‘Exceptional Response’ to First-Line Vismodegib Reported in Patient With Unresectable/Multifocal Adult Medulloblastoma

Key Points

  • A patient with a history of basal cell carcinoma who was diagnosed with an unresectable/multifocal form of adult medulloblastoma had a response to vismodegib that lasted nearly 3 years at the time of reporting.
  • His tumor showed no alterations in SMO or in other canonical SHH pathway–associated drivers.

In a case report in Cancer Biology & Therapy, Lou et al described an exceptional response to first-line treatment with the hedgehog inhibitor vismodegib (Erivedge) in a 51-year-old patient with a history of basal cell carcinoma who was diagnosed with an unresectable/multifocal form of adult medulloblastoma. The response occurred despite the absence of alterations in SMO or other canonical SHH pathway–associated drivers in the patient’s tumor.

Response to Vismodegib

Radiation therapy following diagnosis showed a marked decrease in size and enhancement of the tumor; due to continued neurologic compromise and a poor performance status, the patient was not a candidate for platinum treatment. Given the preponderance of hedgehog pathway activation in adult medulloblastoma, compassionate use of vismodegib was initiated.

Evidence of abnormal enhancing lesions was absent within 4 months. The patient remained on vismodegib for 22 months with no evidence of disease recurrence before choosing to stop treatment. At the time of reporting, he remained disease free at 7 months after stopping treatment.

Molecular Analysis

Molecular analysis identified mutations in TP53 and the i(17q) cytogenetic abnormality, which is prevalent in and most often associated with subgroup 4 rather than the SHH-activated forms of medulloblastoma. SHH pathway markers SMO, SUFU, PTCH1, and downstream transcription factor GLI2 were all unaffected in the patient’s tumor. The genomic deletion of one copy of TP53 suggests that the tumor was activated via mechanisms also mostly associated with group 4 medulloblastomas. TP53 mutations are associated with pediatric forms of medulloblastoma and considered rare in adults; and loss of 17p is enriched in TP53-mutant cases and mostly observed in childhood cases.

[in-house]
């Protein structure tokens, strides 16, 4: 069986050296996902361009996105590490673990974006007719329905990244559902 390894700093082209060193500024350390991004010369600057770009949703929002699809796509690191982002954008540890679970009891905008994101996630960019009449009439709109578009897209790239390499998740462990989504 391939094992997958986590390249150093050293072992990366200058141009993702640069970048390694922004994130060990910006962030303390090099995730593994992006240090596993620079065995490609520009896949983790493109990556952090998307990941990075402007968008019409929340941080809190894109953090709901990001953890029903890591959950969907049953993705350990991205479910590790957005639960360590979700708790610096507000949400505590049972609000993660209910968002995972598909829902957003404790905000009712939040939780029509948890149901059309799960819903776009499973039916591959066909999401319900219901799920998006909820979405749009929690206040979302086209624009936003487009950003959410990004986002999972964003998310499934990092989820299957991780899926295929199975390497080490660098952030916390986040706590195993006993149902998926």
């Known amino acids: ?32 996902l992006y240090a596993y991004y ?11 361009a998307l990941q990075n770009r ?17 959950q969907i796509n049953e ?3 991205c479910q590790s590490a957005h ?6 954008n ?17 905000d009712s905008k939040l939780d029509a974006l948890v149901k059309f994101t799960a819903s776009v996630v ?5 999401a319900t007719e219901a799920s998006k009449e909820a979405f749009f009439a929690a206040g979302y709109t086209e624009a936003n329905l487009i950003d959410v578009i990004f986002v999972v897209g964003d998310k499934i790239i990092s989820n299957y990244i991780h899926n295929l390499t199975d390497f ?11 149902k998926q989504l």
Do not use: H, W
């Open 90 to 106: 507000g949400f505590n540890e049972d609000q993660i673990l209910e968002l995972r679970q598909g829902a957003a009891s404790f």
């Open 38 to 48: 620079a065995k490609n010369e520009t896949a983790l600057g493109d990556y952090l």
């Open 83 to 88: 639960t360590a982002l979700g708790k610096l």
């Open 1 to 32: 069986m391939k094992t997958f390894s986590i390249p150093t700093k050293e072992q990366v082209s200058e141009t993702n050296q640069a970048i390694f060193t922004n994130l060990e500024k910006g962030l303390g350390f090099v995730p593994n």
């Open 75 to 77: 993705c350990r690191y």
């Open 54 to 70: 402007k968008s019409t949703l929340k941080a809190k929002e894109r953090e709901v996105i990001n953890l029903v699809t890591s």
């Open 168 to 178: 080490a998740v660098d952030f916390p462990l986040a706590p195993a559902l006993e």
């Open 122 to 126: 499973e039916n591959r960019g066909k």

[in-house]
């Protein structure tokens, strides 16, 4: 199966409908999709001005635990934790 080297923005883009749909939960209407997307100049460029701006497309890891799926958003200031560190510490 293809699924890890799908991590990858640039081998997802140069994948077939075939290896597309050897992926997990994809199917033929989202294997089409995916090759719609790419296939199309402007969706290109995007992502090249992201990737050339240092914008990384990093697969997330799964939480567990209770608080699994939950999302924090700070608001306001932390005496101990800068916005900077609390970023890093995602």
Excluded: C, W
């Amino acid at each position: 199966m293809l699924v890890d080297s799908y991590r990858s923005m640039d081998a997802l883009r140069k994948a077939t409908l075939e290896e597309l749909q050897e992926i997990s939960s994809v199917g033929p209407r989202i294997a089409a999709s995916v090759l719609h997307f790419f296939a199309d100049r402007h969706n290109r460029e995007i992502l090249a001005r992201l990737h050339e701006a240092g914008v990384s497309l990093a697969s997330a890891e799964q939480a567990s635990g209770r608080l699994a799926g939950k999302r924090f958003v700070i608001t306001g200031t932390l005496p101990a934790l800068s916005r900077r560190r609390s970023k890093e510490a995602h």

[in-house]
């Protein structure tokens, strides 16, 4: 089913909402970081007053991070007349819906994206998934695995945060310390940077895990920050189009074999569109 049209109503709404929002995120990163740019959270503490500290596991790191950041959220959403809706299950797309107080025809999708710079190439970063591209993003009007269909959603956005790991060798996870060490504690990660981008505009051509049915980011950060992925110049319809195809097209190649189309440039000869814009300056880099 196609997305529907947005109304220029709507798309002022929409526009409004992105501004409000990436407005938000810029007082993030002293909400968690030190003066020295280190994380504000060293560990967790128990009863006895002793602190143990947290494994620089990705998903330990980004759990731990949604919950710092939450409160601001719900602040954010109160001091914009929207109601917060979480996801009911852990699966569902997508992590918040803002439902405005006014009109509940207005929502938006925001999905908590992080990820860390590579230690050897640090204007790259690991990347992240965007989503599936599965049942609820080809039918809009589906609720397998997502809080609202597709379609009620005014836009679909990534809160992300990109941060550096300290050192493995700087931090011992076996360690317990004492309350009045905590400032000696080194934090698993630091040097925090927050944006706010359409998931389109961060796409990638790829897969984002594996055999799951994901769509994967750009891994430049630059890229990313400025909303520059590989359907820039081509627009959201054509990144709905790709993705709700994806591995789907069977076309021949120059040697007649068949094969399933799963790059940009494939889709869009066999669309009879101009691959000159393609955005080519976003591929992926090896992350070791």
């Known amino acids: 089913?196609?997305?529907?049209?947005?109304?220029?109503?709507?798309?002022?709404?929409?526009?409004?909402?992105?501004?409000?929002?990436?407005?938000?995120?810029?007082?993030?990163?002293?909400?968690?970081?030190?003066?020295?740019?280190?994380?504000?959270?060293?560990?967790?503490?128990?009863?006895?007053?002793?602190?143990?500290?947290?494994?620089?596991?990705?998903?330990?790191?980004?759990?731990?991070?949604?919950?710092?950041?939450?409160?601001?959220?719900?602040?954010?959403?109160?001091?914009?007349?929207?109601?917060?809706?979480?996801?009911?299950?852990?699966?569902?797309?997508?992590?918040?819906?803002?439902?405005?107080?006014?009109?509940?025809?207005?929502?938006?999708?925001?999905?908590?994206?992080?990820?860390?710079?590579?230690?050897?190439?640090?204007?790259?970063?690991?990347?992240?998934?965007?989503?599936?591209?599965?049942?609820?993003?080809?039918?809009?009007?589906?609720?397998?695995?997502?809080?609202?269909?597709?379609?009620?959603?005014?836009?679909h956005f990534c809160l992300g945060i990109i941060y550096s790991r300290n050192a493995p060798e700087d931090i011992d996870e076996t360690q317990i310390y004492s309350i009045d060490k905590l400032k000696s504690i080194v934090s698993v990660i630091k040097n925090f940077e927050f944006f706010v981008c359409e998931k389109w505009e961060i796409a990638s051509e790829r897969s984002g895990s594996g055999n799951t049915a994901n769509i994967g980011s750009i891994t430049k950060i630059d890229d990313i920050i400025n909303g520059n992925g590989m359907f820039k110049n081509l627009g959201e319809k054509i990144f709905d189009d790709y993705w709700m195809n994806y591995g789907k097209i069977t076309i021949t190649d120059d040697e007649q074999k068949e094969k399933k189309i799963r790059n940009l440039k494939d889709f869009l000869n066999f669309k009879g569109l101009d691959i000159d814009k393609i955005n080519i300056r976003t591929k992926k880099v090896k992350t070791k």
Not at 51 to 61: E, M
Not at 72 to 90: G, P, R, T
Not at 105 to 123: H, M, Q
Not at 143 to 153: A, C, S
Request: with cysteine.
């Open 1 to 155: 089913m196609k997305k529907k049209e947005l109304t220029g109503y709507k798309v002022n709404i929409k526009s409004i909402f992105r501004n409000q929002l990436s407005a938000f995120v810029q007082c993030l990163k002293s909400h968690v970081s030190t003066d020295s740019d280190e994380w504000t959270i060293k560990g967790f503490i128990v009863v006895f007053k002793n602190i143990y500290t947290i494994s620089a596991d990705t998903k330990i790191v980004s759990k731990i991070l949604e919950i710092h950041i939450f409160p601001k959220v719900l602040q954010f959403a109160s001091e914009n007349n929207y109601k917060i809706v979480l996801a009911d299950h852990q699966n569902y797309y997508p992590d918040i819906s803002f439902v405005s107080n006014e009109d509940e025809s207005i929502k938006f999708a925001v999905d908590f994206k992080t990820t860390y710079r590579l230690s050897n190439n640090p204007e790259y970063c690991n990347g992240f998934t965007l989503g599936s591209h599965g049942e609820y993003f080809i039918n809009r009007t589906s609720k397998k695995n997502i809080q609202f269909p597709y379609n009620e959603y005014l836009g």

The investigators concluded: “In the case we describe in this report, our patient had a complete and sustained radiologic response over 2 y on vismodegib in the first-line setting after standard craniospinal irradiation. However, this exceptional response occurred in a patient whose tumor did not harbor alterations in SMO or in other canonical SHH pathway-associated drivers; this indicates that vismodegib may inhibit non-canonical alterations that activate the SHH pathway downstream. In light of these findings, further exploration of vismodegib efficacy in other molecular subgroups of medulloblastoma is warranted.”

They noted: “[I]n the burgeoning era of molecularly targeted therapy, vismodegib merits strong consideration and investigation as an appropriate form of first-line treatment, replacing cytotoxic chemotherapies that have traditionally been used to treat adult forms of the disease based on data from trials performed in the pediatric population.”

The research was supported by the National Center for Advancing Translational Sciences of the National Institutes of Health and others.

The content in this post has not been reviewed by the American Society of Clinical Oncology, Inc. (ASCO®) and does not necessarily reflect the ideas and opinions of ASCO®.


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